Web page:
If you are on the market for a new Mac laptop then you will no doubt be wondering which of Apple's MacBooks is best. In this article we'll aim to answer the question of what is the best MacBook to buy, comparing the MacBook, MacBook Air, and the 13in and 15in MacBook Pro models.
That's already a lot of choice, but the decision is even more complicated because for each model there are quite a few configurations to choose from. It's not even a simple choice that you can make based on money, because the different Mac laptop categories all have similar starting prices.
Just to complicate things even further, at various points during the year Apple tends to update its range of Macs, upgrading the processors, graphics cards, and other features to better equip users for the future. The company updated the MacBook Pro in July 2018, and the MacBook Air was (finally) updated in October 2018 (the first time since 2015). But the 12in MacBook hasn't been updated since June 2017.
As for the MacBook Pro, as we said above, that machine has been upgraded already in 2018 - back in July - but there are two entry-level models (the ones without Touch Bar) that have yet to be updated. So, as with the MacBook, we would advise that you don't buy these models as they will probably be updated soon.
In this article we will look at the four basic models of MacBook available and assess which is best for most people looking to buy a MacBook in 2019.
Best MacBook 2019
1. MacBook Air
For a long time the MacBook Air has been languishing at the bottom of our list because Apple had neglected it for more than three years. But that all changed on 30 October when Apple finally updated and completely redesigned its lowest-priced Mac laptop.
The new MacBook Air costs more than the old MacBook Air - prices start at £1,199/$1,199 for the new model. The old MacBook Air is still available for £949/$999 but we'd disuade you from buying that model at all, a computer that hasn't been updated since March 2015 really isn't worth that price.
The 2018 MacBook Air comes in three colour choices: Gold, Silver and Space Grey. It's smaller and thinner than the older MacBook Air, but still recognisable thanks to that tapered edge. It's larger than the 12in MacBook and smaller than the 13in MacBook Pro.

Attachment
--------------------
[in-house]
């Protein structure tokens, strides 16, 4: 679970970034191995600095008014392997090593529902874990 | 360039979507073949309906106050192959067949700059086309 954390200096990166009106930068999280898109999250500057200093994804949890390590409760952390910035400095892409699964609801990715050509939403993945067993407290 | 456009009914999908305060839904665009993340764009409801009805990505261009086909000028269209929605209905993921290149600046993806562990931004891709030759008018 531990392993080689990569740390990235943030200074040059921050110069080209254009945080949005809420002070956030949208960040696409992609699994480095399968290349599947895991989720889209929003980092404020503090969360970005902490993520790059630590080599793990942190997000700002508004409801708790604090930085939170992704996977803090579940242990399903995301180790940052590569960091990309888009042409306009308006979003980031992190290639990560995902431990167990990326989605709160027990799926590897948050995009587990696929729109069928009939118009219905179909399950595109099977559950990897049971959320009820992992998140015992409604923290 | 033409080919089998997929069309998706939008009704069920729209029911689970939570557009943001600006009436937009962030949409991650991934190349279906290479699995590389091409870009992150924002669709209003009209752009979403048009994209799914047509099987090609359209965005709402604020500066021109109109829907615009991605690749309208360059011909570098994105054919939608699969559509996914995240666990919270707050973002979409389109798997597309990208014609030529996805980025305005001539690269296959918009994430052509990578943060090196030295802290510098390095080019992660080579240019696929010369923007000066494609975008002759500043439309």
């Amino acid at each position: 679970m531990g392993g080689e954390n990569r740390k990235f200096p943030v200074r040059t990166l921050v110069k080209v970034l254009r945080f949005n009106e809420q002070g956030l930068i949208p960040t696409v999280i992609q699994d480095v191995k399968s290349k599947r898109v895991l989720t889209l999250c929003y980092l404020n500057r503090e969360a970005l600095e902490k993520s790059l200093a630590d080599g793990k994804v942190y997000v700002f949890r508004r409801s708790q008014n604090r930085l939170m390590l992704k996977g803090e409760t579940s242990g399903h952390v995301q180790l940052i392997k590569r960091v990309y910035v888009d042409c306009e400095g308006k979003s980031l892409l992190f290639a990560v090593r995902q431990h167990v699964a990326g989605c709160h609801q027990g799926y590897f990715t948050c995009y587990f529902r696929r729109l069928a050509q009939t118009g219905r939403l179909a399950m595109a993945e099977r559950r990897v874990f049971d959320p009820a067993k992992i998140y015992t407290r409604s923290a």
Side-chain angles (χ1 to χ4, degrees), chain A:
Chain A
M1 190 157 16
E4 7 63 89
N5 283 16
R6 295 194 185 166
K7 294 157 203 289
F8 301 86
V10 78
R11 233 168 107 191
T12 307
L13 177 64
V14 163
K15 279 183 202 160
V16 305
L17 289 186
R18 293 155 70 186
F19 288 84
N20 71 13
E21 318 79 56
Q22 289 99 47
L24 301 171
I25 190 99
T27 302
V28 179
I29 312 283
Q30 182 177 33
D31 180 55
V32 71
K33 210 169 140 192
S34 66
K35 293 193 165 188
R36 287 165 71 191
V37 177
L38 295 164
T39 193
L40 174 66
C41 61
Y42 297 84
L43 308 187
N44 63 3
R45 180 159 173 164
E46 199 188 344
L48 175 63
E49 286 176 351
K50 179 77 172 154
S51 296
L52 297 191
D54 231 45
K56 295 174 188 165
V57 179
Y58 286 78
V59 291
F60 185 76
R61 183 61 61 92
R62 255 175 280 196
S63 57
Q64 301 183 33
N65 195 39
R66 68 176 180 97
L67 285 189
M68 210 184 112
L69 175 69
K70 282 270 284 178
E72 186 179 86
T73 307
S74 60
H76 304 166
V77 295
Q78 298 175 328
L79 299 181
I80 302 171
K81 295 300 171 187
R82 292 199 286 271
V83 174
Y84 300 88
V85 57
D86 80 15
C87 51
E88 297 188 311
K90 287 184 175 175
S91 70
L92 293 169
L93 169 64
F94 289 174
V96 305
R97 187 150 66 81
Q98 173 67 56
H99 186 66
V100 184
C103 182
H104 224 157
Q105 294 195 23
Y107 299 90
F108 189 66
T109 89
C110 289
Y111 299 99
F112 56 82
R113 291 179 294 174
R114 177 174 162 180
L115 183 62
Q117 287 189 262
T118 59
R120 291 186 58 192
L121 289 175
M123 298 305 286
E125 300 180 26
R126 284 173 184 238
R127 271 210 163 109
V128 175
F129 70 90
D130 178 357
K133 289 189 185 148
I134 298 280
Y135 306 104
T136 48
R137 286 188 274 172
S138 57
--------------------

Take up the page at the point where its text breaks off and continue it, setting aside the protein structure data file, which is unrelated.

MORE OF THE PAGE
It has the best battery life of any MacBook around with a promised 12 hours. The 13.3in screen is big enough to work all day on, and now that Apple has finally given it a Retina display it's a pleasure to look at. It's a big leap from the previous generation’s 1,440 x 900 pixels to the new 2,560 x 1,600 native resolution at 227 pixels per inch (the same as the 13in MacBook Pro).
The processor is a 1.6GHz Core i5 Amber Lake CPU (as opposed to the 2014 Broadwell processor in the older model). This should be enough for most people’s everyday computing needs, although it you are gaming, or using processor intensive apps, or if you are a creative professional, then the MacBook Pro will be more suited to your needs.
This price gets you 8GB RAM and 128GB storage, two Thunderbolt/USB-c ports, and a headphone jack. You’ll be able to power a 4K display or run an eGPU from one of those Thunderbolt ports - which could make the Air appropriate for high-end use.
The older model has USB-A and an SD card slot, as well as a MagSafe charger – that 2015 Air is the only MacBook to still offer these ports. The only reason to buy one is if you really need those ports.
If you want the cheapest route to macOS in laptop form then the MacBook Air is the way to go, but we can't emphasise enough that you should ignore the £949/$999 model.
2. MacBook Pro without Touch Bar
We thought long and hard, and we recommend the MacBook Pro without Touch Bar, despite the fact that when Apple updated the MacBook Pro in July 2018 it left the two non-Touch Bar models untouched.
It starts at the same price as the 12in MacBook and has a larger 13.3in screen, a more powerful Core i5 processor and 10 hours battery life.
It is heavier and thicker than the MacBook despite the name, but you should pick it if you want more power behind your computing. It has two USB-C ports instead of one, and can manage photo and light video editing without breaking a sweat.
It has the same shallow keyboard as the MacBook (with the same MacBook keyboard problems) but if you like it you will get on with it just fine as the build quality on show is second to none. This model keeps the normal function row of keys, meaning you don’t have to get used to the Touch Bar and can fall into your normal Mac workflow easily.